I wish every stock I purchased were like PD-Rx Pharmaceuticals. They traded slightly below NCAV when I purchased them, and with cash backed out they were a profitable business trading at a few times earnings. Not only that, the company's earnings have been growing, and continue to grow. The investment has done well, when I see a stock like that I buy a larger than normal position. The stock was both safe and cheap.
ADLPartner (ALP.France) shares some of the same characteristics of PD-Rx; there are a number of differences as well. The company could be attractive to a very wide variety of investors: great company investors, dividend investors, and even to investors with a preference for tangible assets like myself.
ADLPartner is a French marketing company that creates and manages advertising campaigns and loyalty programs for clients. They also run a series of marketing campaigns themselves both through the mail, and through their website hello deal. Their hellodeal website is a French daily deal website similar to Zulily or Groupon.
The Vigneron family owns 71% of the company, their voting control extends to 82% of the voting rights. The family is slowly taking the company private through the use of share buybacks, most recently canceling 1.53% of their shares outstanding, or 8.5% of the float.
The company has a sizable cash position, €22.7m as of their midterm financials. This represents slightly less than half of their market cap, giving them an enterprise value of €26.47. The company earned €5.6m in 2012, making their P/E ex-cash 4.72. They have similarly low EV/EBIT and EV/FCF values as well. It should be noted that their cash isn't completely unrestricted, a large portion of it is required for the operation of their business.
Many investors might consider the company an asset-lite business, they have almost no fixed assets to speak of. I think it's a misnomer to say they're asset-lite, the company still has significant assets, it's just they take the elevator and drive home nightly instead of sitting on a factory floor.
The company's balance sheet is straight forward. Their largest assets are accounts receivable and cash. Their largest liabilities are accounts payable, and personnel expenses. Their stated book value is €13.6m, which is clearly understated.
If we used their book value to calculate a metric such as return on equity (ROE) we'd end up with 36% which is unusually high. The problem is the company's equity isn't what's generating their returns, but rather their people, the asset that doesn't appear on the balance sheet. Book value isn’t as stable for ADLPartner as it is for other companies, this is a result of their simple balance sheet. If the company signs a number of contracts where receivables increase and payables don’t then book value increases. Conversely in a quarter where timing mandates a decrease in receivables and an increase in payables book value might record a decrease. Fortunately book value is a poor way to measure the company’s asset value.
Management seems attune to the problem of measuring asset value and has created their own NCAV calculation. They take the value of equity from the balance sheet and add the value of their open ended client contracts. The way management calculates the value of the contracts is through a discounted cash flow calculation. As far as I can understand their open ended client contracts are contractual commitments from clients for services from the company. When using this number the company has a NCAV of €113.5m or €28.73 per share, more than double their €11.75 share price. I rarely if ever run a DCF calculation for any company, but when management provides one as their estimate of value I’m inclined to use it. In theory if the company were to stop selling their services and simply fulfill their current contracts and liquidate they would end up with book value, plus the cash from their open ended contracts.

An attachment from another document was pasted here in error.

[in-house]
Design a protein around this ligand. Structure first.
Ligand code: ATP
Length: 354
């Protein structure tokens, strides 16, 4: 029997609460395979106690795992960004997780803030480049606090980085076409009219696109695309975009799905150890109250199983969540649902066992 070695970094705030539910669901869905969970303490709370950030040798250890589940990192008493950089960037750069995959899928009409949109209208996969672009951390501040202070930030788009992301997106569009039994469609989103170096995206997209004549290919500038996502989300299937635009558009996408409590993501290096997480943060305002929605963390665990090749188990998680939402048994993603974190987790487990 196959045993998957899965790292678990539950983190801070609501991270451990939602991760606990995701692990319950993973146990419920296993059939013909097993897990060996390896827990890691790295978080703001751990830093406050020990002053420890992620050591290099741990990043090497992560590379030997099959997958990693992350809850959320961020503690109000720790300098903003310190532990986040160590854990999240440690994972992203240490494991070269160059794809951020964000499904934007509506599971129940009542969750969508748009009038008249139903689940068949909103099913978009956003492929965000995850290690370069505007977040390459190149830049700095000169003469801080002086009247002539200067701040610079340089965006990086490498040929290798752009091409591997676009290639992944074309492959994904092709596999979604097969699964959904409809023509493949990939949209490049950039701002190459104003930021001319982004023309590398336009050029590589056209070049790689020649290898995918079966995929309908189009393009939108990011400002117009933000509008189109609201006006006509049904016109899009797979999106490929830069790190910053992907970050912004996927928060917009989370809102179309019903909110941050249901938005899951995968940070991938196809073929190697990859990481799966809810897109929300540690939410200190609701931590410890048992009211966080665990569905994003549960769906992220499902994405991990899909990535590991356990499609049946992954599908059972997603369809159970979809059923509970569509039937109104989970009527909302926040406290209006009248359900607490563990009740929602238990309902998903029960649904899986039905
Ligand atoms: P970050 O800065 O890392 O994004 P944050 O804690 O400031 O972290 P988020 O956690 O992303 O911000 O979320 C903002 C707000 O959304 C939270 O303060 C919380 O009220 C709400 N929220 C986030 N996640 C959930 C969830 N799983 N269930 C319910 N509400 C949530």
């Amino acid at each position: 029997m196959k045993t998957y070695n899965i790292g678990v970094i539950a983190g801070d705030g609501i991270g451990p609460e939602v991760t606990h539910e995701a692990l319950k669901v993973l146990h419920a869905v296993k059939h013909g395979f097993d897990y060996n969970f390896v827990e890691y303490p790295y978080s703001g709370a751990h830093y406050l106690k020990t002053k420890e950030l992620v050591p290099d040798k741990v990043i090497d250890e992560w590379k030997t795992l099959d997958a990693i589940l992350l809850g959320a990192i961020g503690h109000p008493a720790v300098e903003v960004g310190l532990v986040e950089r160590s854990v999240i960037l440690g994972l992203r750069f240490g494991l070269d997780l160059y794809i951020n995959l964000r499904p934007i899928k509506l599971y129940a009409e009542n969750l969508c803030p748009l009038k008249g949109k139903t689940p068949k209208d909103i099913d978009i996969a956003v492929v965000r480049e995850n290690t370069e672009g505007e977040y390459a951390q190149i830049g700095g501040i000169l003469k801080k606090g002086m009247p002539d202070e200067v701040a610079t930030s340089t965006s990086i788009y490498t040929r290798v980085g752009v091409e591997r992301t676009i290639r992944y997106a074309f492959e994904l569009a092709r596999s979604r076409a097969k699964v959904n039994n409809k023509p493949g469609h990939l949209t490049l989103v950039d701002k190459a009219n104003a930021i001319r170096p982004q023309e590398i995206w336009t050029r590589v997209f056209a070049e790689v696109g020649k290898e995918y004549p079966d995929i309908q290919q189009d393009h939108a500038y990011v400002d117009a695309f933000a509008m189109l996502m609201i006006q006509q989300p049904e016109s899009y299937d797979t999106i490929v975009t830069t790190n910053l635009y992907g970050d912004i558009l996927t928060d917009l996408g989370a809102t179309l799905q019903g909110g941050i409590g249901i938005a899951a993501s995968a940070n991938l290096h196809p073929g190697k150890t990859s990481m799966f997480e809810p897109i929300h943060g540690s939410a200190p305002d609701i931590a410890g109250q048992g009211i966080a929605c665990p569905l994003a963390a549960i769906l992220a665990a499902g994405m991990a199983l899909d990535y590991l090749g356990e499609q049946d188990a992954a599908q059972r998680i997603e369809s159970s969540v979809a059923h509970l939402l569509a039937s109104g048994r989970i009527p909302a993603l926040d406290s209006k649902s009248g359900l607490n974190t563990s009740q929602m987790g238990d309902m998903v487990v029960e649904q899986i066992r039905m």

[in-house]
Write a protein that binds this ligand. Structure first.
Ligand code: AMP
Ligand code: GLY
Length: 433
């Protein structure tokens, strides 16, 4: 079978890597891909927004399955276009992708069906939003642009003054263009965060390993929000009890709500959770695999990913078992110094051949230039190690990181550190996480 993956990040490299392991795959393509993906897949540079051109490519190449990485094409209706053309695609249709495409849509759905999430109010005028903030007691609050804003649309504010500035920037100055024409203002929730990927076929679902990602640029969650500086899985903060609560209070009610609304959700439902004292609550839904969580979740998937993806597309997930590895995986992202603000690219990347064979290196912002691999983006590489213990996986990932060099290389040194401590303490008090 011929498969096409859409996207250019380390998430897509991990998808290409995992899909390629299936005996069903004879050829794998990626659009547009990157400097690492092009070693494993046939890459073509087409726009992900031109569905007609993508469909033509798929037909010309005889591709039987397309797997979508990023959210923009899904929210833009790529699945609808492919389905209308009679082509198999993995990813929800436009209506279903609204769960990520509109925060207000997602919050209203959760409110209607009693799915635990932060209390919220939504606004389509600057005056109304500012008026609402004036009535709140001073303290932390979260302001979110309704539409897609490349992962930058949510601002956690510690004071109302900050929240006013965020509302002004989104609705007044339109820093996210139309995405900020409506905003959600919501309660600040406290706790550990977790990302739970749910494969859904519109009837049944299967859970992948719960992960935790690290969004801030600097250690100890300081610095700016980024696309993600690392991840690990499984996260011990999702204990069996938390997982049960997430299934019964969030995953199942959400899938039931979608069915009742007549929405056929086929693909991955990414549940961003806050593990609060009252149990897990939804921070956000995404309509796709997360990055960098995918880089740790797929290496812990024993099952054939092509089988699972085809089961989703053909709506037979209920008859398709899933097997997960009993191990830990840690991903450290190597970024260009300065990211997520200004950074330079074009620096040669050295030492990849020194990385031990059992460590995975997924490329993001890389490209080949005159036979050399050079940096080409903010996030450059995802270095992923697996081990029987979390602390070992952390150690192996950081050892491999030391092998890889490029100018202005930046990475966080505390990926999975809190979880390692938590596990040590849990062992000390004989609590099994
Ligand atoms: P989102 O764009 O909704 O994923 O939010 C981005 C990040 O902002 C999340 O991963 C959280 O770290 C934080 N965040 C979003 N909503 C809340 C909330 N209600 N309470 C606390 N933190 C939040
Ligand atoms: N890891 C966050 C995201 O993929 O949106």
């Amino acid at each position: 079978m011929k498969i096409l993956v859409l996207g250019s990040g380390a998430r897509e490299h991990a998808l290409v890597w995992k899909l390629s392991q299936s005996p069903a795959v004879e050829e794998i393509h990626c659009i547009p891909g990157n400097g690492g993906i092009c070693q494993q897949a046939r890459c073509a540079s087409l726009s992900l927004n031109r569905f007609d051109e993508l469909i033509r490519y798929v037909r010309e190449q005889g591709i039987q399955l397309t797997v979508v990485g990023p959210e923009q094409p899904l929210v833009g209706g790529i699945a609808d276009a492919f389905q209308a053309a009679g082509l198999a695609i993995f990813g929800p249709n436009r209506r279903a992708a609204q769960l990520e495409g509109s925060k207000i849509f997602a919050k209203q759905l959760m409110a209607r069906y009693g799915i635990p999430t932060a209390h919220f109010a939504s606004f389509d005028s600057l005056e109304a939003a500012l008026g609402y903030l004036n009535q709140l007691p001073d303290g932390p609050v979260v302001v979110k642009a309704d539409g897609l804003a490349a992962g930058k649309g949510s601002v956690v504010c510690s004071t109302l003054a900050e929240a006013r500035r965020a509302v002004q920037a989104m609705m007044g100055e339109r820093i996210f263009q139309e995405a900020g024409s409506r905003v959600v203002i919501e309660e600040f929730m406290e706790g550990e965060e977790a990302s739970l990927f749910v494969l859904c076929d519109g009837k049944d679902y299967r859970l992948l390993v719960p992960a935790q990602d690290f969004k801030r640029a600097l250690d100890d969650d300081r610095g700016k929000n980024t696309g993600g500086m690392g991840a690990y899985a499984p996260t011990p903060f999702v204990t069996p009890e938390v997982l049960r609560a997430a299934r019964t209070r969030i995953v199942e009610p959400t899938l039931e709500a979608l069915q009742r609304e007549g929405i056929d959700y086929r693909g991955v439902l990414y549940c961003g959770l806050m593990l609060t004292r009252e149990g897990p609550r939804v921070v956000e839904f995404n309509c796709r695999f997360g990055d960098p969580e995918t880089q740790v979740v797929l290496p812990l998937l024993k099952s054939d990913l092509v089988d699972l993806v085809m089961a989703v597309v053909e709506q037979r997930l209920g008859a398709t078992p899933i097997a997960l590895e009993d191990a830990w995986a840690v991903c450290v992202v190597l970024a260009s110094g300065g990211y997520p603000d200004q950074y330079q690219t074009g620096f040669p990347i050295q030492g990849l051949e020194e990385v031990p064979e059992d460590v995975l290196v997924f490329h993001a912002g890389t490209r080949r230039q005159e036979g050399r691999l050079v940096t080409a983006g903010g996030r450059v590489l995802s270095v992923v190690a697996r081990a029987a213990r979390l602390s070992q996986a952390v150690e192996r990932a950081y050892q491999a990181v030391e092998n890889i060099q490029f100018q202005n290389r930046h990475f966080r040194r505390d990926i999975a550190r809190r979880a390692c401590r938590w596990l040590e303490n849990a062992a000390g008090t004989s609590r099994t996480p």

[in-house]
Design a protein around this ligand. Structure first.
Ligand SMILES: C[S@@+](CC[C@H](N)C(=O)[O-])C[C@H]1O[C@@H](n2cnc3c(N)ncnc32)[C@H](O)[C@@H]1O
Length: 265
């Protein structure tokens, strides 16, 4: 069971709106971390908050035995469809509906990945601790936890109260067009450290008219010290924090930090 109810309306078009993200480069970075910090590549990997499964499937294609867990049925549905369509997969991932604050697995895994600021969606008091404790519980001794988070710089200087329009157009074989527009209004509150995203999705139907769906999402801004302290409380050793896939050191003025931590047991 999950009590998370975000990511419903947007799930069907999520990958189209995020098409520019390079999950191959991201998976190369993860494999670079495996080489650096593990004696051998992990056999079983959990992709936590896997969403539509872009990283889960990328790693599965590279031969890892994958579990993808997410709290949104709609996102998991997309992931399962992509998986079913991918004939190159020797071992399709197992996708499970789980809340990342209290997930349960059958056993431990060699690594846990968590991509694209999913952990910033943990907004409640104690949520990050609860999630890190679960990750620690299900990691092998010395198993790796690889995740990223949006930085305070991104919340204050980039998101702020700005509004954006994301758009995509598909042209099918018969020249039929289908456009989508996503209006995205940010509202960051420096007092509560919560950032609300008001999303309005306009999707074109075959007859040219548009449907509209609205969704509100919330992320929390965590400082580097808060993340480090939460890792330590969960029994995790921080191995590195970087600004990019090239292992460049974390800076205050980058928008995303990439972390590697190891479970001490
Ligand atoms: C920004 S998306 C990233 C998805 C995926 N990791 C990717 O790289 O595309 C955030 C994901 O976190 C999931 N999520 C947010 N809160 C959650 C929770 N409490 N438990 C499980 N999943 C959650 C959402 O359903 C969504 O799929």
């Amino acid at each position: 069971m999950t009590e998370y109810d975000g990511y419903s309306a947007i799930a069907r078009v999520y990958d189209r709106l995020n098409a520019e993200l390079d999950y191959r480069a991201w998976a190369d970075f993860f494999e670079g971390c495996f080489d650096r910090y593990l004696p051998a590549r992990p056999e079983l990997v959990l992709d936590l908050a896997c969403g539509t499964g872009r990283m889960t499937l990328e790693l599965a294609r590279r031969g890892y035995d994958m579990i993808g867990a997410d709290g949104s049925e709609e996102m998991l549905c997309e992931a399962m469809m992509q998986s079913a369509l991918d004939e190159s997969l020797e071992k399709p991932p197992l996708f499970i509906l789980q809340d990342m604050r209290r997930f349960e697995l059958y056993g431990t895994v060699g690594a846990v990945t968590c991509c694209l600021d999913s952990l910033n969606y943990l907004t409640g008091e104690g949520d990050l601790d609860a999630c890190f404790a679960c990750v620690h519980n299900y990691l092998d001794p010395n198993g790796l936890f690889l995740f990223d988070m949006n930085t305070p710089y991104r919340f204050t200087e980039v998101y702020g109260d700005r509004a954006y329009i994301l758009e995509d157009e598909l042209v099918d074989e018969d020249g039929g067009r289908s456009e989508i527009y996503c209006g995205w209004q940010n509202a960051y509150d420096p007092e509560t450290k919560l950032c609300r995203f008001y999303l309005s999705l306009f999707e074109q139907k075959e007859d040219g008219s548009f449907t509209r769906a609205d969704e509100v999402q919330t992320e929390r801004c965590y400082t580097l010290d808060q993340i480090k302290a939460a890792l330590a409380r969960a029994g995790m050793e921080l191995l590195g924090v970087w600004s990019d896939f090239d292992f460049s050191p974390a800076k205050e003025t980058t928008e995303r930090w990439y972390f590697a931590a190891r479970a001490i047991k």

Management might be slightly generous with their NCAV calculation because if I understand correctly they are doing a DCF of their contracted revenues. They company still incurs expenses related to these contracts such as employee expenses and other expenses. The annual report notes show that management calculates the DCF of the contracts net of tax. Unfortunately we don’t know what else is netted out to know what the true value of these contracts are to investors.
The good news for investors is that almost all of the income the company earns is passed right back to investors in the form of a dividend. In 2012 the company paid out 79% of their earnings as a dividend. At the current payout schedule the company yields a generous 10%. The beauty of a business who’s assets are people rather than machines is that ongoing reinvestment is minimal meaning most of their income is available for ongoing distribution. As a controlled company they are at the mercy of the Vigneron family as to whether the dividends will continue. It appears the Vigneron family pays themselves via dividends distributed from the company, rather than through large salaries, which means it’s unlikely the dividend will be cut in the future.
With a 10% dividend yield the company doesn’t need to appreciate much to hit my target of 15% a year. The company has steadily increased the value of their open ended subscription portfolio over the duration of the European crisis. If Europe's economies ever recover ADLPartner could benefit from increase advertising and marketing spending. If Europe remains depressed forever and the company's results remain steady I would still be happy to hold this company.
Disclosure: Long ADLPartner